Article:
The Department of Justice is suing the National Association of Realtors for price fixing and restraint of trade. Several major real estate franchises have settled out of court, but I think the DOJ may end up losing this case. Here’s the situation.
As the law stands today, when a Realtor lists a property for sale, the seller agrees to pay a brokerage fee. Generally, this is done as a percentage of the sale price. Once a buyer is identified, this brokerage fee is typically split between the agents for the buyer and the seller.
The DOJ claims that when the entire brokerage fee is paid by the seller, it robs the buyer of the ability to negotiate the fee, resulting in artificially elevated housing prices. The DOJ’s argument goes that if a seller wants to net $100,000 on a sale and they agree to pay a 6 percent brokerage fee, they can set the price at $106,000 and the buyer does not have the opportunity to negotiate the fee down.
In the real world, the buyer has all the power in the world to negotiate. A buyer can simply say, “I cannot afford $106,000, but I can do $105,000.” Either Realtor can then choose whether to work for smaller fee.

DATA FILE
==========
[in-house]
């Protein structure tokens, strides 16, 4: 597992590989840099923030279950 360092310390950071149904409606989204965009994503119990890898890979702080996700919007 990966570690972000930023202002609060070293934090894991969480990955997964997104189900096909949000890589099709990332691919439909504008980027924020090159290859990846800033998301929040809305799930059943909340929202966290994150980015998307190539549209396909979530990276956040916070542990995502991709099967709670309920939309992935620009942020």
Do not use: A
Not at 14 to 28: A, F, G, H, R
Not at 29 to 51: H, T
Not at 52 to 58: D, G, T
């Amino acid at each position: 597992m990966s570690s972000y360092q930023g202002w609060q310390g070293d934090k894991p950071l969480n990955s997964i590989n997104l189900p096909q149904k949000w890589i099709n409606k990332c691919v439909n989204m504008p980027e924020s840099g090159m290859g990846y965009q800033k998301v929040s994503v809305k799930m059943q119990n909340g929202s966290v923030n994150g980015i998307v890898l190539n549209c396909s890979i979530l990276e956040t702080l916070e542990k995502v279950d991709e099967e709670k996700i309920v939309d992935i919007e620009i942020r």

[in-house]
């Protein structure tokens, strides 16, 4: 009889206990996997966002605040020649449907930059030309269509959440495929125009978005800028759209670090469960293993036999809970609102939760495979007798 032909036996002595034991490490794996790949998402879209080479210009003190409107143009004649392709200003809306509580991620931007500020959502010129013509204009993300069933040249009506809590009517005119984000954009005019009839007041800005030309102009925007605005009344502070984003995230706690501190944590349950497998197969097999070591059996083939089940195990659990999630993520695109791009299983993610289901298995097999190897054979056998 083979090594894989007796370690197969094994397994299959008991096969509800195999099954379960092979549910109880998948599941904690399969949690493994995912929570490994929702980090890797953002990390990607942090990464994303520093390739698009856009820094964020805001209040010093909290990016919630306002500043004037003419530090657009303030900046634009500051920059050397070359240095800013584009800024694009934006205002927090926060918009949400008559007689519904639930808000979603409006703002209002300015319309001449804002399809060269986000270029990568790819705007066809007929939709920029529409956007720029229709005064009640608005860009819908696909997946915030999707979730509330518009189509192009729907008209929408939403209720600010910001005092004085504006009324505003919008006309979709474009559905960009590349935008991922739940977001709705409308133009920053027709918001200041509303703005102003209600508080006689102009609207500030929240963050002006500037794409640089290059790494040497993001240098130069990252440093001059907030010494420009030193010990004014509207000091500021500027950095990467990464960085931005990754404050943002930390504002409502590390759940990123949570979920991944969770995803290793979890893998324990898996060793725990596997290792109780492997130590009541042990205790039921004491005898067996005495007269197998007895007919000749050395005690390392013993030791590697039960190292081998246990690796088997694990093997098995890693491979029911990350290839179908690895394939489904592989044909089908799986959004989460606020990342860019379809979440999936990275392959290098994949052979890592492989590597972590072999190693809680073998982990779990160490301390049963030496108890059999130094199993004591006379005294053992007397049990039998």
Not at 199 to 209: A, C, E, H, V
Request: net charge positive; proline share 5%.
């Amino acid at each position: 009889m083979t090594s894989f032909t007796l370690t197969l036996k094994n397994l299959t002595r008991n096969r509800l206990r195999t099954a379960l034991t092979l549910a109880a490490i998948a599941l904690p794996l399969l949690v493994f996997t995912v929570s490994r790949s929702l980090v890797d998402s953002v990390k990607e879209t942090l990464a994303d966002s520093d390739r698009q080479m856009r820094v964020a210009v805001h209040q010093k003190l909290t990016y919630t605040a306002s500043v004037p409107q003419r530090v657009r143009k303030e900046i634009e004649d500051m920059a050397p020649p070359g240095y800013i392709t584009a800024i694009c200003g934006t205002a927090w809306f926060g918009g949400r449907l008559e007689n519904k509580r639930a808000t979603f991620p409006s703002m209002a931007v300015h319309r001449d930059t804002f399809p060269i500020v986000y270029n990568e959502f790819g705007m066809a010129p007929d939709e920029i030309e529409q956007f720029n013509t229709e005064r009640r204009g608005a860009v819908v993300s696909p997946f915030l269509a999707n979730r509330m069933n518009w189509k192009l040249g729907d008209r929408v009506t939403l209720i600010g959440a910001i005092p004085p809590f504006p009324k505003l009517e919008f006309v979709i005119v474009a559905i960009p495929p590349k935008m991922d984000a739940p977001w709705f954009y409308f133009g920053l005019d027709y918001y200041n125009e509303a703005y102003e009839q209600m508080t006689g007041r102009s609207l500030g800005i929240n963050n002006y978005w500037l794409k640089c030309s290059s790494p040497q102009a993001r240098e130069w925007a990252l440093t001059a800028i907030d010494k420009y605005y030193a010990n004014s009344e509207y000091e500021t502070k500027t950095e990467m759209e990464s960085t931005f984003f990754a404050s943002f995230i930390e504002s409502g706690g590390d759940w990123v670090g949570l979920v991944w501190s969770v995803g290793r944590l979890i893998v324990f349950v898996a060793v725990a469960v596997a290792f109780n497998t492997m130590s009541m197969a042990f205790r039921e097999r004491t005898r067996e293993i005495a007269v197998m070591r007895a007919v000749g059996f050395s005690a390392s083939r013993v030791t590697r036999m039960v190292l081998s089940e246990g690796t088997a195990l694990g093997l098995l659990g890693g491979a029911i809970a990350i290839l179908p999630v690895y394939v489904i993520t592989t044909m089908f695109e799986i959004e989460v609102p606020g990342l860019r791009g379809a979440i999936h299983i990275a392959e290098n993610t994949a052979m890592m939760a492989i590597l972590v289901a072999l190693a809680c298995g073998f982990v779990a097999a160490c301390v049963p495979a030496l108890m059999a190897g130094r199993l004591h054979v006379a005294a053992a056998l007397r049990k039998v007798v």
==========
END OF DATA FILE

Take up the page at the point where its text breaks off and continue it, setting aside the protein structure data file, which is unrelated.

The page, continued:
It’s a strange issue for the DOJ to go after, because requiring both the buyer and the seller to pay a brokerage fee can prevent buyers with limited cash from taking advantage of the many ways a transaction can be structured.
Let’s say there’s a buyer—maybe a veteran or a first-time homebuyer—interested in taking advantage of a no-down-payment loan. Under the DOJ’s scenario, this buyer would have to pay a brokerage fee, possibly making it impossible for him or her to buy the property.
As often happens with government regulations, unintended and unhelpful consequences stem from a desire to help. If the DOJ requires buyers and sellers to each pay a brokerage fee, it may have the opposite effect to the one the DOJ is hoping for. Rather than putting downward pressure on housing prices, it may just put houses out of reach for cash-strapped buyers, exacerbating problems at a time when we are all worried about housing affordability.
Right now, there is flexibility in the system. If the DOJ wins, this will begin to change. As the law currently stands, it is against the law for anyone to tell me, an independent broker, how much or by what method to charge clients. I make this decision for myself and those who work for me. If we want to help a buyer by structuring a transaction such that the buyer does not have to come up with cash to close escrow, we can. I hope this remains the case.
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